Considered to be highest in rank are priests of ''Ifá+'' (, ), which in Santería is an all-male group. ''Ifá'' Priests receive ''Orúnmila+'', who is the ''Oricha'' of Prophecy, Wisdom and Knowledge. Once this happens they are known by the title ''Babaaláwo+ (''Father Who Knows the Secrets)

In recent years, a particular practice of the traditional Yorùbá ''If''á priests (from Nigeria+) has come to the diaspora of initiating women to be ''Iyanifá'' or "Mother of Destiny", but Lucumí practitioners do not typically accept this practice due to their interpretation of the ''Odu Ifa Irete Untelu'' which states women cannot be in the presence of Olofi and so cannot be initiated as divining priestesses. This is a major difference between traditional ''Lucumí Ifá'' practitioners, and some traditional Yorùbá practitioners from Oshogbo and, since the 1980s, ''Ilé-Ifẹ̀''. Instead, a woman in Lucumí is initiated as ''Apetebi Ifá'', ''a'' "bride of Ifá", and is considered senior in Ifá to all but a fully initiated'' ''Babaaláwo''. ''There was little evidence of Iyanifá existing in West Africa until very recently, so the existence of the'' ''Iyanifá'' ''is likely to be of modern origin in Yorùbáland, and it is probably due to this reason that it does not appear in the Latin variant. The foremost Western academic authority on'' Ifá'', William Bascom+, traveled throughout Yorùbáland studying the ''Ifá'' cult in a series of visits in 1937–38, 1950–51, 1960 and 1965, and never encountered a single Iyanifá''' '''nor was he told of their existence by any of his informants.''' '''However, Maupoil, in his 1943 doctoral thesis, does mention he encountered a woman Ifá diviner in Dahomey+.''''''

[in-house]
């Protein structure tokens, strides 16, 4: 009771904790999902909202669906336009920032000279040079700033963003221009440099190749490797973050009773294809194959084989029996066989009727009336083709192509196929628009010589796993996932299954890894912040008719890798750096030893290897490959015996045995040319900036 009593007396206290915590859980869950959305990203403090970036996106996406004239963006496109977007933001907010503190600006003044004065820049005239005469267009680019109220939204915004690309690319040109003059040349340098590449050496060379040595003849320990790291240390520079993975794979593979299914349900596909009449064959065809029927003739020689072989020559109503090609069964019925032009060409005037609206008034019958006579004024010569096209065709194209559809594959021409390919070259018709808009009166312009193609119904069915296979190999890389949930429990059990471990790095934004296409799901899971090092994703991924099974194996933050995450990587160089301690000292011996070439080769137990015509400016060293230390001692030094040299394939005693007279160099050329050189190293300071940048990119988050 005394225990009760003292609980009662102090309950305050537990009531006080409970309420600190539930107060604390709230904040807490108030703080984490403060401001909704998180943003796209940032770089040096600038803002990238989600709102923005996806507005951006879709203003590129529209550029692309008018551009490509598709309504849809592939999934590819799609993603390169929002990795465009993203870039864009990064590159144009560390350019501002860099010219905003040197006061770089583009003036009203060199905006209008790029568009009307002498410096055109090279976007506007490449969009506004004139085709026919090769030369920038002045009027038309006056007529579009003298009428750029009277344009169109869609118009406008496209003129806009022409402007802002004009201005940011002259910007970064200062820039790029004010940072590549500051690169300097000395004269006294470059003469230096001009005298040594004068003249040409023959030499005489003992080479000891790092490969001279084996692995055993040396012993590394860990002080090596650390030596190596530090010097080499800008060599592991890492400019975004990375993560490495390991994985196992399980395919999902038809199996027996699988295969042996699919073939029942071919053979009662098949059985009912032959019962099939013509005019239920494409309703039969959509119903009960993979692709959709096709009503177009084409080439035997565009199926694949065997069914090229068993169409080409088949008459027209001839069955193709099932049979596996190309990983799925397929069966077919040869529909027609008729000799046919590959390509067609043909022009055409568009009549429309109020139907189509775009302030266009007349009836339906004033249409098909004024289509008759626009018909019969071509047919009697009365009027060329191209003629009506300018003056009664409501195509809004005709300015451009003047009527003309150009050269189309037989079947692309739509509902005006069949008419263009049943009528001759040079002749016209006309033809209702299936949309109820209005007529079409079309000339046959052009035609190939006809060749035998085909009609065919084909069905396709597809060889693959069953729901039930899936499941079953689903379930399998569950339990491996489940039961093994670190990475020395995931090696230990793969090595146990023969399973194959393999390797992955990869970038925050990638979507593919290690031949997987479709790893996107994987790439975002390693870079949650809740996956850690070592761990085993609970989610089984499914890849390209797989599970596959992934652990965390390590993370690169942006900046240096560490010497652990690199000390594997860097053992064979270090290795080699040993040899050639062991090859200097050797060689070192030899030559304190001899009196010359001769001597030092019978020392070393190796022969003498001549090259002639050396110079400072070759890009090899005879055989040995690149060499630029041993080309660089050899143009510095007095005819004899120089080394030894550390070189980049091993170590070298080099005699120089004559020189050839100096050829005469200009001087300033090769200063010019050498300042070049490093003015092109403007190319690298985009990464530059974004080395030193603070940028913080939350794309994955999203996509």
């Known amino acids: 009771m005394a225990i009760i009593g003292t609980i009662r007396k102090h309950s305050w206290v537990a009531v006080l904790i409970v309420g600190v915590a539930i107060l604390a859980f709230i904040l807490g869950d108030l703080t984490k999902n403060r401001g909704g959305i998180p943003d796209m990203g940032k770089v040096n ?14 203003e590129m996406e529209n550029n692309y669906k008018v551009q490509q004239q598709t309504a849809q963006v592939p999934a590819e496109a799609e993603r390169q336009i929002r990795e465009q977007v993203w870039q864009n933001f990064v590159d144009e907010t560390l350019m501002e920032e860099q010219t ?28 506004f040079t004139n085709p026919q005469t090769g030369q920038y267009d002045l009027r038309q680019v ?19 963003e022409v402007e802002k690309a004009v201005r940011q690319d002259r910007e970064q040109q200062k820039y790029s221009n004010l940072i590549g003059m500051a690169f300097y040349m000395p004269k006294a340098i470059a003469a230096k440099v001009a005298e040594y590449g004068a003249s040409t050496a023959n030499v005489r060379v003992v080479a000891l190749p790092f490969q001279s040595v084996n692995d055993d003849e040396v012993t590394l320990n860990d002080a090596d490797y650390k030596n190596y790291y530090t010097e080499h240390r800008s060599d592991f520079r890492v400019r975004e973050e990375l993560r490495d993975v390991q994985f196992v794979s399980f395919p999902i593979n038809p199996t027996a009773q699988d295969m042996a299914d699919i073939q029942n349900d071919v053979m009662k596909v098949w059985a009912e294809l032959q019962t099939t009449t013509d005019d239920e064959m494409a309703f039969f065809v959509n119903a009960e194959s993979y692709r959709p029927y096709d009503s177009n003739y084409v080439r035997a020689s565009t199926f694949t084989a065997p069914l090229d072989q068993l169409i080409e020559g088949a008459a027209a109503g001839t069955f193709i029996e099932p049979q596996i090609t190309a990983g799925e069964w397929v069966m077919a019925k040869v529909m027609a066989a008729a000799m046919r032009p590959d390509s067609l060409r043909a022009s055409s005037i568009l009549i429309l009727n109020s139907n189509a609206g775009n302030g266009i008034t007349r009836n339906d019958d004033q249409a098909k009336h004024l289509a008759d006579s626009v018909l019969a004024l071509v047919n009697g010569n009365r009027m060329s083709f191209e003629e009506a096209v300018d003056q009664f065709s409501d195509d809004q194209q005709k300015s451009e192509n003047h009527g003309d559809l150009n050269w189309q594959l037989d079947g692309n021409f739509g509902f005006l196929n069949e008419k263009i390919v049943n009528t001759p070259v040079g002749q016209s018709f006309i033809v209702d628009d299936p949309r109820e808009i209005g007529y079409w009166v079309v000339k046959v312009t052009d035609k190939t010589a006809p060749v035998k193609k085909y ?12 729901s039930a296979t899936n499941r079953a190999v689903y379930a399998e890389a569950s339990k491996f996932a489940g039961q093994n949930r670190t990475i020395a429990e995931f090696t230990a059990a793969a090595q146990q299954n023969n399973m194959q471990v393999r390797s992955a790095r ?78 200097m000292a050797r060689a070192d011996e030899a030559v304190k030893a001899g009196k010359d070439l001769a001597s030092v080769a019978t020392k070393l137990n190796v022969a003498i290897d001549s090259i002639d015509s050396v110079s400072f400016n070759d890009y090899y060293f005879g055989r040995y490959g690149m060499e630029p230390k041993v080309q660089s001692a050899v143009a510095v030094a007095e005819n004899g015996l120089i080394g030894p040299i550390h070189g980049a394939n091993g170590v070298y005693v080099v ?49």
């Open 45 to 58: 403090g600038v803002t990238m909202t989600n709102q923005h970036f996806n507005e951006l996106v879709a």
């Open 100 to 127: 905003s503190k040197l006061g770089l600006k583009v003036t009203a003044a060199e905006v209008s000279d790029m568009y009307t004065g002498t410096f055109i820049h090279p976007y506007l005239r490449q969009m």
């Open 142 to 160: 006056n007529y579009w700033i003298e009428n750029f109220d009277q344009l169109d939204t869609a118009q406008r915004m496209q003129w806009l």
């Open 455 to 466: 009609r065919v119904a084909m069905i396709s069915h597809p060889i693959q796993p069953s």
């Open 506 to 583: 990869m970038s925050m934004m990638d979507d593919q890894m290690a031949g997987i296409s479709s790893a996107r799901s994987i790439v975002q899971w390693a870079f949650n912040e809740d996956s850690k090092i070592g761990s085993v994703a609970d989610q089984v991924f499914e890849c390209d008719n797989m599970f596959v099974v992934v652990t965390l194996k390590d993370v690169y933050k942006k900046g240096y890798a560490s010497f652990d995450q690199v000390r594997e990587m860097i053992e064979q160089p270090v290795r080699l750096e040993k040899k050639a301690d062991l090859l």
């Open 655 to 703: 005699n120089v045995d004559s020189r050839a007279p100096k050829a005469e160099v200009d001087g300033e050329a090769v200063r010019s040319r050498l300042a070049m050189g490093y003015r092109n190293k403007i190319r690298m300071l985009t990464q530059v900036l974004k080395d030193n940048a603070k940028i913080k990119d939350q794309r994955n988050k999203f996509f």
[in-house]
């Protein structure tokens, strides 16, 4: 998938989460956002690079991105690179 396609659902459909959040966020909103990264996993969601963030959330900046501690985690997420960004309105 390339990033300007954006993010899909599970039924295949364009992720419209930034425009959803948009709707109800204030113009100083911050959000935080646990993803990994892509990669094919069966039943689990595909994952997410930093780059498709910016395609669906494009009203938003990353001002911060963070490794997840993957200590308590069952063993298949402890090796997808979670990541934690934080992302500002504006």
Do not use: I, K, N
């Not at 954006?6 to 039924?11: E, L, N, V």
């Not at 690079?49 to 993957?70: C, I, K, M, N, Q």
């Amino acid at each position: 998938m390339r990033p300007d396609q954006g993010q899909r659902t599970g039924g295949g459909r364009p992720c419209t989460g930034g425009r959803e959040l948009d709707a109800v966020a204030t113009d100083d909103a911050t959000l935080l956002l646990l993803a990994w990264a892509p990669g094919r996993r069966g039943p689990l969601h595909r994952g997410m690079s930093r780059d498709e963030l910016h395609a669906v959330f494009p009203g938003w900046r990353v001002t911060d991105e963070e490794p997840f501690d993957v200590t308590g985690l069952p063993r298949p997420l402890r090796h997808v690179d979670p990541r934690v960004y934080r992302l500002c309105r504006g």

Cuban traditional healing practices are rooted in the spiritual and ethnic religious influences of West Africa+, East Africa+, and North Africa+. Having a strong spiritual component, Cuban traditional healing practices also use the pathways of the herbalist+, psychologist+, ethicist+, and that of a respected spiritual medium interceding between God and human beings. Du Toit refers to Cuban traditional healing practices as ethnomedicine+ which taps on the biodynamic chemical properties of certain plants, from which some commercial drugs were derived, such as the cardiac medications, digitalis+, quinine+, and curare+ - chemicals causing neuromuscular paralysis.'' (the herbalist), '''' (the curer), '''' (the religious healer), and '''' (the botanist). Du Toit continues, "Cuba is one of the regions in which a great deal of ethnographic and ethnobotanical research has been conducted."

Du Toit When a person is sick, the healer thinks, interprets and reacts, considering the illness not just a physical dysfunction but also an interface with suffering and bad luck in life, believed to be brought on by the activity of spirits.